When she comes over to visit – often accompanied by dinner-makings, since she’s also a very good cook – she makes a beeline for our dictionary, a Merriam-Webster unabridged published in 1950. At better than 3,000 pages of words in a tiny font, it’s a wealth of information on out-of-fashion words.
The dictionary sits in the middle of our living room, because you never know when you might want to look up a word.
Her recent list included the word thrasonical. After we looked it up, I decided that a very up-to-date dictionary would say “See Donald J. Trump.”
But of course that man was an actual toddler (as opposed to the 70-year-old one he is now) when our dictionary was published. He may have been thrasonical even then, but only a few people would have been aware of it.
According to Webster’s thrasonical means “bragging, boastful.” The dictionary also says it is “characteristic of Thraso,” who an earlier entry explains was a “braggart soldier in Terence’s Eunuch.”
Of course, we also use Google and other search engines in our house. A quick search online found that vainglorious is another synonym.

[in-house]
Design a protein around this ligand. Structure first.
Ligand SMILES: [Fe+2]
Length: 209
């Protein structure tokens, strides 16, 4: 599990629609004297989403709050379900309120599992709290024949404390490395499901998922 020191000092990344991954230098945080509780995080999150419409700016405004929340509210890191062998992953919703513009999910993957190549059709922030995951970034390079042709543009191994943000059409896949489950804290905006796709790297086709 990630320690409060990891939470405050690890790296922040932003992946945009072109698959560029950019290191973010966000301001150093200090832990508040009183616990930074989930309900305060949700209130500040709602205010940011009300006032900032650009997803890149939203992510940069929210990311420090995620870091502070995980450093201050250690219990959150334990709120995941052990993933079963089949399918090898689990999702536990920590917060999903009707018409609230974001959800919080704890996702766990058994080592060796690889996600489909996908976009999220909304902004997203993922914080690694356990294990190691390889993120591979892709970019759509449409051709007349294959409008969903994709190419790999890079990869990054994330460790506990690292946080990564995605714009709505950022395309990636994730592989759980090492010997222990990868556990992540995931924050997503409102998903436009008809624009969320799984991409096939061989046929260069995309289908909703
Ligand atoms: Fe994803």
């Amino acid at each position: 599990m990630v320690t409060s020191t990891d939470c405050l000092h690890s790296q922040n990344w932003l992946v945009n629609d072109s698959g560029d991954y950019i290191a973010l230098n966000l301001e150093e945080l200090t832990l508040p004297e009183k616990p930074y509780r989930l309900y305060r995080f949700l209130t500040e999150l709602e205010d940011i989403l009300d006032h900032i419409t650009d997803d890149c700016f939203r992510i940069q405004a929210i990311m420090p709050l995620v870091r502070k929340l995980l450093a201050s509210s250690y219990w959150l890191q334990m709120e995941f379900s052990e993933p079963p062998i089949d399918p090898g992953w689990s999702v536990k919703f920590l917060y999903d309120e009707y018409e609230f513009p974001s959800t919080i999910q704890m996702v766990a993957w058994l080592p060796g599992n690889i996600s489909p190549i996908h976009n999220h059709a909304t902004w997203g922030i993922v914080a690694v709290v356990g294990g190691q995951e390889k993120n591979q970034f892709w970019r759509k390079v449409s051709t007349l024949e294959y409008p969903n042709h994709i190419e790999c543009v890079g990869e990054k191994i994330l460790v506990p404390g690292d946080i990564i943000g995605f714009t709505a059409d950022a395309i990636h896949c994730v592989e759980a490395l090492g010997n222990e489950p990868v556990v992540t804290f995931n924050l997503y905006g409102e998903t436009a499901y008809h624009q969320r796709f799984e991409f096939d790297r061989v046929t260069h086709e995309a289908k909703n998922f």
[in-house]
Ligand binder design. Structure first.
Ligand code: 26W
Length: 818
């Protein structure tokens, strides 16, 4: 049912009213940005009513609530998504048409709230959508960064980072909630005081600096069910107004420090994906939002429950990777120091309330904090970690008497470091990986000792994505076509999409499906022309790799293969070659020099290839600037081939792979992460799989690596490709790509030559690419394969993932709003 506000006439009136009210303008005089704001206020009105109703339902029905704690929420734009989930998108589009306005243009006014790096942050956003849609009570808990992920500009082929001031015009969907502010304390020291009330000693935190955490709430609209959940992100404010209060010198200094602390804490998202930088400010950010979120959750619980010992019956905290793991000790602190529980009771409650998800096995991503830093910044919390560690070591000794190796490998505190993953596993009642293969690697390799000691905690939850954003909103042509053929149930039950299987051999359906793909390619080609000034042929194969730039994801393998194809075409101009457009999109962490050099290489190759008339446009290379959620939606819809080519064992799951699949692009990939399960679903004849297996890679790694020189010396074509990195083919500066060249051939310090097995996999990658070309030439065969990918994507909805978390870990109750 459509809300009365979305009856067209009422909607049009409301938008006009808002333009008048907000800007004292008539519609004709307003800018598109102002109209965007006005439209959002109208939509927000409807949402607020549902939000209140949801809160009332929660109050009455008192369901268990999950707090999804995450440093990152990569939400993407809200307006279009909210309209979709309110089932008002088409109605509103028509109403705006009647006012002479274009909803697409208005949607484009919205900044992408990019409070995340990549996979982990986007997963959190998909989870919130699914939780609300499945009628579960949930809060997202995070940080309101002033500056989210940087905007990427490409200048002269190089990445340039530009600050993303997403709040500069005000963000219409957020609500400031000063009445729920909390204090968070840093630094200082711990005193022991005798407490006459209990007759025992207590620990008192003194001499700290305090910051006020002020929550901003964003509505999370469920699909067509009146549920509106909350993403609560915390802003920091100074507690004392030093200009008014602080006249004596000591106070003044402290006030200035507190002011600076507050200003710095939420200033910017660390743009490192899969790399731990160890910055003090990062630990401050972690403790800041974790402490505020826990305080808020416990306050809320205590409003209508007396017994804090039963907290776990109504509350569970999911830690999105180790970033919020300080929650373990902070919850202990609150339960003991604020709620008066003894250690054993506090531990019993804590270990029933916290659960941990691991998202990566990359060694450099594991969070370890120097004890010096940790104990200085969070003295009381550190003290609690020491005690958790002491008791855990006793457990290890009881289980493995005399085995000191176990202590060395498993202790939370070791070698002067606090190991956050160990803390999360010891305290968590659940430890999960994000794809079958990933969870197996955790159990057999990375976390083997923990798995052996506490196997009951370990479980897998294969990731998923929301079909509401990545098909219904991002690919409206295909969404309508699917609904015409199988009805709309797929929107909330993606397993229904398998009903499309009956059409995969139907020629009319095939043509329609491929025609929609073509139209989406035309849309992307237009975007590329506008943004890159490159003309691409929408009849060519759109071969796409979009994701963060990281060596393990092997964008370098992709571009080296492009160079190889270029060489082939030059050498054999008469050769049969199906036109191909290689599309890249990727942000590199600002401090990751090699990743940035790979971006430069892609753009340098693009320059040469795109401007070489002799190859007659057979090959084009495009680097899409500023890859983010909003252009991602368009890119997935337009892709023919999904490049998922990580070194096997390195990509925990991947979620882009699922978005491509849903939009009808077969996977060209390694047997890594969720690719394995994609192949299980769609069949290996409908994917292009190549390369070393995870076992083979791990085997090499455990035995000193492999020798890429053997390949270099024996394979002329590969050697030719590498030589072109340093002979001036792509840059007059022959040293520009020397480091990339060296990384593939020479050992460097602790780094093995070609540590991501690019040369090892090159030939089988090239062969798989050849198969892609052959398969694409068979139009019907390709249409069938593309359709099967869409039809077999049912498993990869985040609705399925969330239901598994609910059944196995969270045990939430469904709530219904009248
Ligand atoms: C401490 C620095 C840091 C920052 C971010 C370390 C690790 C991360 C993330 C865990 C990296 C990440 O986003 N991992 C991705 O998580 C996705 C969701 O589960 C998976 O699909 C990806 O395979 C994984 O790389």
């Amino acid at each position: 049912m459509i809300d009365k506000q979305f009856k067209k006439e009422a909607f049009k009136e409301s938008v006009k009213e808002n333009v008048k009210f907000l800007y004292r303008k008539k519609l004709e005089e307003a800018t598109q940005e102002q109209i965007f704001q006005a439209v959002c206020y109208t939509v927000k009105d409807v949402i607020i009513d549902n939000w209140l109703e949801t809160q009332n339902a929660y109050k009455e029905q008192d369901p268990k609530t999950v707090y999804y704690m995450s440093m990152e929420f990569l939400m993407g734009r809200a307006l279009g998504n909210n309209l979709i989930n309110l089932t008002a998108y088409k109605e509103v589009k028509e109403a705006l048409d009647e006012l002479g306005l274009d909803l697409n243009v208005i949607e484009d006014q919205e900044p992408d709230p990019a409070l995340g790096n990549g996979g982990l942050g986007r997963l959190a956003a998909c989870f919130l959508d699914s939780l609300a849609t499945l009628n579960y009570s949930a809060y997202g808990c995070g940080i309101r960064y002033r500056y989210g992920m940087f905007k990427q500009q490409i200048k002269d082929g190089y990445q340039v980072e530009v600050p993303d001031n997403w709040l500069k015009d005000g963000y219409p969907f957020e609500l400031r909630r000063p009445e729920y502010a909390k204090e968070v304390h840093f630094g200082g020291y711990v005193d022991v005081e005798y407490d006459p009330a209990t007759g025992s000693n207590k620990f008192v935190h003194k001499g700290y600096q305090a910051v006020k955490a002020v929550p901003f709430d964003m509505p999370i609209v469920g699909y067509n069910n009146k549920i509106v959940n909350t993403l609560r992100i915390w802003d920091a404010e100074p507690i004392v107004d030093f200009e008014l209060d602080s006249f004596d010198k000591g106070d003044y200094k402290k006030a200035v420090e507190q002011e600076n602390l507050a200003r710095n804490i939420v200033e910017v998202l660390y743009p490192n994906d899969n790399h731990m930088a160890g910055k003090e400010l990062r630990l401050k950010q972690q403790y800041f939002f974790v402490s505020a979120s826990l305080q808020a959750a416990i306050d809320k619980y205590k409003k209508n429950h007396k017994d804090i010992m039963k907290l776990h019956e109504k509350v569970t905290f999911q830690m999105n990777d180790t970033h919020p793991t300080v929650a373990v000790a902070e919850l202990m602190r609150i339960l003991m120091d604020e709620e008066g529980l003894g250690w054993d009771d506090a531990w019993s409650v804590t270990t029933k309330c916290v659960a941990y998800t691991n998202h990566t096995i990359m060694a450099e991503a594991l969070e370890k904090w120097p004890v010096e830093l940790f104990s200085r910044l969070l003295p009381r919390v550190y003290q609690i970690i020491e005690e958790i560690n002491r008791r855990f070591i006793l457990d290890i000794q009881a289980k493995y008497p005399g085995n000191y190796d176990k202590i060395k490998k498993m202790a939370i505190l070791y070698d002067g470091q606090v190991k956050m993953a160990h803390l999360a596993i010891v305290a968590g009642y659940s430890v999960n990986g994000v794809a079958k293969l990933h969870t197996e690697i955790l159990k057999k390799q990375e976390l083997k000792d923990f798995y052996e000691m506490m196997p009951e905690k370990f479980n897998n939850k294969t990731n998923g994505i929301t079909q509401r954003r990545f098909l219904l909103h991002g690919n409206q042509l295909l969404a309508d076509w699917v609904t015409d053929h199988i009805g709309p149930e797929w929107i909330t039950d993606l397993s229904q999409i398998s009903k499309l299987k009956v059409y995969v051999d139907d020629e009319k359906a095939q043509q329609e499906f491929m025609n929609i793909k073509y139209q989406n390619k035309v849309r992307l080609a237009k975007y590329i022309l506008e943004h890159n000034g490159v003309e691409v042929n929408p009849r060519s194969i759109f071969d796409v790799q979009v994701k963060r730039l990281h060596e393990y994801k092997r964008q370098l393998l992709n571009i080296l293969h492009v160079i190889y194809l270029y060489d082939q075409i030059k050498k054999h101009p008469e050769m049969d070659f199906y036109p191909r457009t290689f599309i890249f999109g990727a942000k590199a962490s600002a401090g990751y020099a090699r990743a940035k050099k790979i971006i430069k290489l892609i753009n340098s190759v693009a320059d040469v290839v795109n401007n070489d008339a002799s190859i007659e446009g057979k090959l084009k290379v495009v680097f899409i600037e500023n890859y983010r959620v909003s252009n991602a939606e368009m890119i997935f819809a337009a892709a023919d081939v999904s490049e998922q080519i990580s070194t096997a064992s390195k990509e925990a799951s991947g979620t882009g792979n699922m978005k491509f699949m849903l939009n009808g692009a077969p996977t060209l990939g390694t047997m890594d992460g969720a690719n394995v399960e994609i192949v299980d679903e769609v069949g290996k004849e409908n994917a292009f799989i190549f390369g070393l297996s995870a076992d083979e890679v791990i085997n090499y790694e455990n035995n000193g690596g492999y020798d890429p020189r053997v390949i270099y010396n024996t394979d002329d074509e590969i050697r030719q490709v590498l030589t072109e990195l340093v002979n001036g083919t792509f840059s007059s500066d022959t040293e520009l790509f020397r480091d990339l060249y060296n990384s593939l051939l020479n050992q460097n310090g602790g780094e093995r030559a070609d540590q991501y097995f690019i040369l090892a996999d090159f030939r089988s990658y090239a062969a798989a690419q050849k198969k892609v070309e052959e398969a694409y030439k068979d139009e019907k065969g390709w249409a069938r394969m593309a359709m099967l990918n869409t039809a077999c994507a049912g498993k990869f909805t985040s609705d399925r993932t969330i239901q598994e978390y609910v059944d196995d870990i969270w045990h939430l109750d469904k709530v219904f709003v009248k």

Having studied a bit of classics in college oh these many years ago – alas, only in translation – I am aware that Terence “borrowed” work by Greek playwrights when he wrote. His Eunuch was based on Menander’s Eunouchos, of which only fragments remain.
As with the Roman gods – who are Greek gods renamed – many Roman plays turn out to be based on Greek ones. Rome built a massive empire, but it got a lot of its culture from the places it conquered.
At any rate, any discussion of a word that comes from a Roman play always motivates me to check into Greek origins.
According to dictionary.com, the character Thraso gets his name from a stock character of a boastful soldier. The Greek name for that character was Thrason. And that dictionary includes a couple of other interesting definitions: “arrogant” and “insolent.”
A little more googling turns up a Wikipedia entry that asserts Thrasos was a Greek deity who stood for the “personified concept of boldness,” and while apparently it was intended to be a value-neutral concept, Thrasos was only personified as a malicious being.
Wikipedia also says there was an Indo-Greek king named Thraso, who ruled in the Punjab region of India in about 130 B.C.E. He took the title “Great King,” which had heretofore only been used by someone who was a great king. That certainly implies vainglorious. Apparently he was a child put on the throne by a general seeking power and didn’t last long.
These things all seem related.
At any rate, thrasonical is clearly – if somewhat unfortunately – a useful word for these times. I look forward to seeing on the editorial page.